while the second and third parts elaborate the Talmudic themes of "Creation" and the "Divine Chariot." The Guide stated, in 26 propositions, the main theses from which philosophers proved the existence of God, and Maimonides rejected only the one that asserts the eternity of the world. The point in Aristotle, he claimed, is held as merely probable, whereas, according to his commentators, the Philosopher had demonstrated the proposition. On the other hand, the mutakallimūn tried to demonstrate temporal creation. Maimonides thought both commentators and mutakallimūn wrong (ibid. 2 Introd., pp. 235–241). Should reason demand it, the scriptural passages on temporal creation could be explained figuratively (ibid. 2.25 pp. 327–328), but the philosophical objections to the eternity of the world are stronger than those urged against the doctrine of creation as "held by our Father Abraham and our Teacher Moses" (ibid. 2.22p. 320); hence the Bible account prevails (ibid. 2.23 p.322). Since we cannot demonstrate that the world is not eternal, philosophical integrity demands that we give such proofs of God's existence as would be valid even if it were; Aristotelian demonstrations meet this challenge (ibid. 2.1 pp. 245–246) and, what is more, support the Biblical teaching that God is One: His essence and existence are identical (ibid. 1.57 p. 132). God has no essential attributes, and because He has nothing in common with creatures, human language is radically inadequate to express Him (ibid. 1.50–53 pp. 111–123). Even in Scripture, terms predicated of God are but metaphors (ibid. 1.26 pp. 56–57). The true attributes of God are negative ones (ibid. 1.58 pp. 134–135), but those based on His many actions are permissible since they do not compromise the divine unity (ibid. 1.54 pp. 123–128).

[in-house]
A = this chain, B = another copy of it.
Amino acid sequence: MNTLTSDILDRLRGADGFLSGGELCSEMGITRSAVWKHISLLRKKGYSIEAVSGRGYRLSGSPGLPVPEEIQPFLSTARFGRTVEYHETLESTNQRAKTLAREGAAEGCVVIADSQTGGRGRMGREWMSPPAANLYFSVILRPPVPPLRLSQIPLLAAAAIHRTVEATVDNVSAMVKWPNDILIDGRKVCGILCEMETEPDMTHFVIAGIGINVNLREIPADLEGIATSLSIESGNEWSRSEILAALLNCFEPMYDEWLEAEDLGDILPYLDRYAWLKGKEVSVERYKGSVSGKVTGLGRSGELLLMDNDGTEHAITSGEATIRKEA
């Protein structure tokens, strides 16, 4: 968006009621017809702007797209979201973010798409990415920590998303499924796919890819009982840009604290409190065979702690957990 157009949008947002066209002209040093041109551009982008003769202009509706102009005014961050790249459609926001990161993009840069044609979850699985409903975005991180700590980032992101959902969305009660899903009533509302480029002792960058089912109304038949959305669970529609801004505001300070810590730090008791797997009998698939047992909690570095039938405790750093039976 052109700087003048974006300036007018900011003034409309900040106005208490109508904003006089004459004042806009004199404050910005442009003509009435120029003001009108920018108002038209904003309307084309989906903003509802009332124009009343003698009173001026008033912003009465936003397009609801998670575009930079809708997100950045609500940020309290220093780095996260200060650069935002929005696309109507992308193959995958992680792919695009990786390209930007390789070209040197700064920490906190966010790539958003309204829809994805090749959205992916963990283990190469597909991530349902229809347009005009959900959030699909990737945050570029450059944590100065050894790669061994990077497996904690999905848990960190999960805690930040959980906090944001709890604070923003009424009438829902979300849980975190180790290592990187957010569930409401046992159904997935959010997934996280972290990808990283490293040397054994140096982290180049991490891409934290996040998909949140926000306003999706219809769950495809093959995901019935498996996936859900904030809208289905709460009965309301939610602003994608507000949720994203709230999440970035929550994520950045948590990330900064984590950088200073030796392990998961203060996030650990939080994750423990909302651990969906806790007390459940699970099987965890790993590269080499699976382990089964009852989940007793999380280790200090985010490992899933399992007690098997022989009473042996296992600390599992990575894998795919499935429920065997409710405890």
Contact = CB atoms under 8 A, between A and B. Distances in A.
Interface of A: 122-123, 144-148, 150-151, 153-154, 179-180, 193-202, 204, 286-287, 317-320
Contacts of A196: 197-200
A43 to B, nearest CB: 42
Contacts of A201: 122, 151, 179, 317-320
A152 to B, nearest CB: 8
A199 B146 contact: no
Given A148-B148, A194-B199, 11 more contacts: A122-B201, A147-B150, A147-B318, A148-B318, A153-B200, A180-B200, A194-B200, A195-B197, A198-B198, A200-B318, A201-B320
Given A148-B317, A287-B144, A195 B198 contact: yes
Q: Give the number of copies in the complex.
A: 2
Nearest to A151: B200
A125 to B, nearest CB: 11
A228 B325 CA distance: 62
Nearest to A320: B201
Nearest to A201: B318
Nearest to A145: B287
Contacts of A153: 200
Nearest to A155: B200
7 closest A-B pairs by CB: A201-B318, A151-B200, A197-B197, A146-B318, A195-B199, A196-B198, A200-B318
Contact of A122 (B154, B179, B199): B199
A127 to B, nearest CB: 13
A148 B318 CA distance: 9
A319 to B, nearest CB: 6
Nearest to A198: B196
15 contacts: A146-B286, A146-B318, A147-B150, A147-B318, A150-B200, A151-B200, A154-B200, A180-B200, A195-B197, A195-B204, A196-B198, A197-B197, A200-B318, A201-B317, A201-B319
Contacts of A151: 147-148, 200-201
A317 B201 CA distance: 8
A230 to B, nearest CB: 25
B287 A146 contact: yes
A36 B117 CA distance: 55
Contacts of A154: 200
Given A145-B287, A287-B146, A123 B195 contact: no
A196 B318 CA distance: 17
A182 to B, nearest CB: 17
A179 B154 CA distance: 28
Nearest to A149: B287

The eternity of the world apart, Aristotle is reliable on what transpires under the sphere of the moon (ibid. 2.22 pp. 319–320), but later thinkers have improved upon his teaching concerning what is above. These have shown that there are nine intelligences to animate the nine spheres and a tenth, the agent intellect, which reduces to act our individual possible intellects (ibid. 2.4 pp. 257–258). These intelligences are philosophical analogues of Scripture's angels (ibid. 2.6 pp. 261–262). Nor were the philosophers wrong to say that Providence does not extend to every individual, for Providence has regard for a man in direct proportion to his merits (ibid. 3.18 pp. 475–476) and departs from those who occupy themselves with creatures (ibid. 3.51 pp. 624–626). Prophecy, itself susceptible of many grades and most fully realized in Moses, is the height of human knowledge (ibid. 2.37–48 pp. 373–412). Intellectual perfection bespeaks moral perfection (ibid. 1.34 pp. 75–78), and the possession of intellectual qualities assures a man of immortality (ibid. 3.54p. 635). Knowledge through union with the agent intellect is identified with the eternal life promised by faith: the souls of the pious will not die (ibid. 2.27 p. 333).